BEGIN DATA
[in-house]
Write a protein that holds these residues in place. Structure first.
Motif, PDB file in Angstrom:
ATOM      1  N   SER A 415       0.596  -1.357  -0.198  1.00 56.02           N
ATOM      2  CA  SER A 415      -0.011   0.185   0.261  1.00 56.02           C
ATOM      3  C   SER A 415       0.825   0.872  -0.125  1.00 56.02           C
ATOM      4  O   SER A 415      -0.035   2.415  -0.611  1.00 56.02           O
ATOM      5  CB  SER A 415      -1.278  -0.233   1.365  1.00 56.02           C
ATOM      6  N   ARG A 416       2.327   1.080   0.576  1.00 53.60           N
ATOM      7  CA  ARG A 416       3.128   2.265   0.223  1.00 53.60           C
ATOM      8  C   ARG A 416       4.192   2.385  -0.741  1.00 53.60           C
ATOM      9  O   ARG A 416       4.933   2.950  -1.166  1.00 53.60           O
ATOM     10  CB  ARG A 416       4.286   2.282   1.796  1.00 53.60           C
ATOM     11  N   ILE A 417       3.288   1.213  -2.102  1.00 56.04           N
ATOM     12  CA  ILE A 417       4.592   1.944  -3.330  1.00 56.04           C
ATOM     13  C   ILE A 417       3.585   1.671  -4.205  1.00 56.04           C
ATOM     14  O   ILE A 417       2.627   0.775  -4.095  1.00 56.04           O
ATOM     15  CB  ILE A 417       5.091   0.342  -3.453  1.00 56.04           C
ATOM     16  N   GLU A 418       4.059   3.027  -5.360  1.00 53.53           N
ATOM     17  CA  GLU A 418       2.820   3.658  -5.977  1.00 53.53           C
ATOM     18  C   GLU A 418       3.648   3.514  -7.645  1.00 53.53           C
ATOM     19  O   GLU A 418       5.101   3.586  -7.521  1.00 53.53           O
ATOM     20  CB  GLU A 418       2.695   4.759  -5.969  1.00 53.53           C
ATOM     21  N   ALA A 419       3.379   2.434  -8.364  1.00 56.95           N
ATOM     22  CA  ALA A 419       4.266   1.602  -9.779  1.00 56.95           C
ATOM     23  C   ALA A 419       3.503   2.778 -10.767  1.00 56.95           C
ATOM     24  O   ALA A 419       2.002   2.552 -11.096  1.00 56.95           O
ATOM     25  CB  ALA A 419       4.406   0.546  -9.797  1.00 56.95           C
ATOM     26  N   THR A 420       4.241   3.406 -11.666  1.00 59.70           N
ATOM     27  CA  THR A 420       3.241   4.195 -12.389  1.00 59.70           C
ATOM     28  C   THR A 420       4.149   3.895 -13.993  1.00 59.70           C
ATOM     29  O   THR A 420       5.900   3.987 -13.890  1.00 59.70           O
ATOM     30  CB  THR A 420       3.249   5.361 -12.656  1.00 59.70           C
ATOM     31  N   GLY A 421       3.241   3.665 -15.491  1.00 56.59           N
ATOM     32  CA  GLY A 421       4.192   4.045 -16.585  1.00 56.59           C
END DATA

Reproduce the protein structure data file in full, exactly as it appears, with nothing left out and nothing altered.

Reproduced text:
[in-house]
Write a protein that holds these residues in place. Structure first.
Motif, PDB file in Angstrom:
ATOM      1  N   SER A 415       0.596  -1.357  -0.198  1.00 56.02           N
ATOM      2  CA  SER A 415      -0.011   0.185   0.261  1.00 56.02           C
ATOM      3  C   SER A 415       0.825   0.872  -0.125  1.00 56.02           C
ATOM      4  O   SER A 415      -0.035   2.415  -0.611  1.00 56.02           O
ATOM      5  CB  SER A 415      -1.278  -0.233   1.365  1.00 56.02           C
ATOM      6  N   ARG A 416       2.327   1.080   0.576  1.00 53.60           N
ATOM      7  CA  ARG A 416       3.128   2.265   0.223  1.00 53.60           C
ATOM      8  C   ARG A 416       4.192   2.385  -0.741  1.00 53.60           C
ATOM      9  O   ARG A 416       4.933   2.950  -1.166  1.00 53.60           O
ATOM     10  CB  ARG A 416       4.286   2.282   1.796  1.00 53.60           C
ATOM     11  N   ILE A 417       3.288   1.213  -2.102  1.00 56.04           N
ATOM     12  CA  ILE A 417       4.592   1.944  -3.330  1.00 56.04           C
ATOM     13  C   ILE A 417       3.585   1.671  -4.205  1.00 56.04           C
ATOM     14  O   ILE A 417       2.627   0.775  -4.095  1.00 56.04           O
ATOM     15  CB  ILE A 417       5.091   0.342  -3.453  1.00 56.04           C
ATOM     16  N   GLU A 418       4.059   3.027  -5.360  1.00 53.53           N
ATOM     17  CA  GLU A 418       2.820   3.658  -5.977  1.00 53.53           C
ATOM     18  C   GLU A 418       3.648   3.514  -7.645  1.00 53.53           C
ATOM     19  O   GLU A 418       5.101   3.586  -7.521  1.00 53.53           O
ATOM     20  CB  GLU A 418       2.695   4.759  -5.969  1.00 53.53           C
ATOM     21  N   ALA A 419       3.379   2.434  -8.364  1.00 56.95           N
ATOM     22  CA  ALA A 419       4.266   1.602  -9.779  1.00 56.95           C
ATOM     23  C   ALA A 419       3.503   2.778 -10.767  1.00 56.95           C
ATOM     24  O   ALA A 419       2.002   2.552 -11.096  1.00 56.95           O
ATOM     25  CB  ALA A 419       4.406   0.546  -9.797  1.00 56.95           C
ATOM     26  N   THR A 420       4.241   3.406 -11.666  1.00 59.70           N
ATOM     27  CA  THR A 420       3.241   4.195 -12.389  1.00 59.70           C
ATOM     28  C   THR A 420       4.149   3.895 -13.993  1.00 59.70           C
ATOM     29  O   THR A 420       5.900   3.987 -13.890  1.00 59.70           O
ATOM     30  CB  THR A 420       3.249   5.361 -12.656  1.00 59.70           C
ATOM     31  N   GLY A 421       3.241   3.665 -15.491  1.00 56.59           N
ATOM     32  CA  GLY A 421       4.192   4.045 -16.585  1.00 56.59           C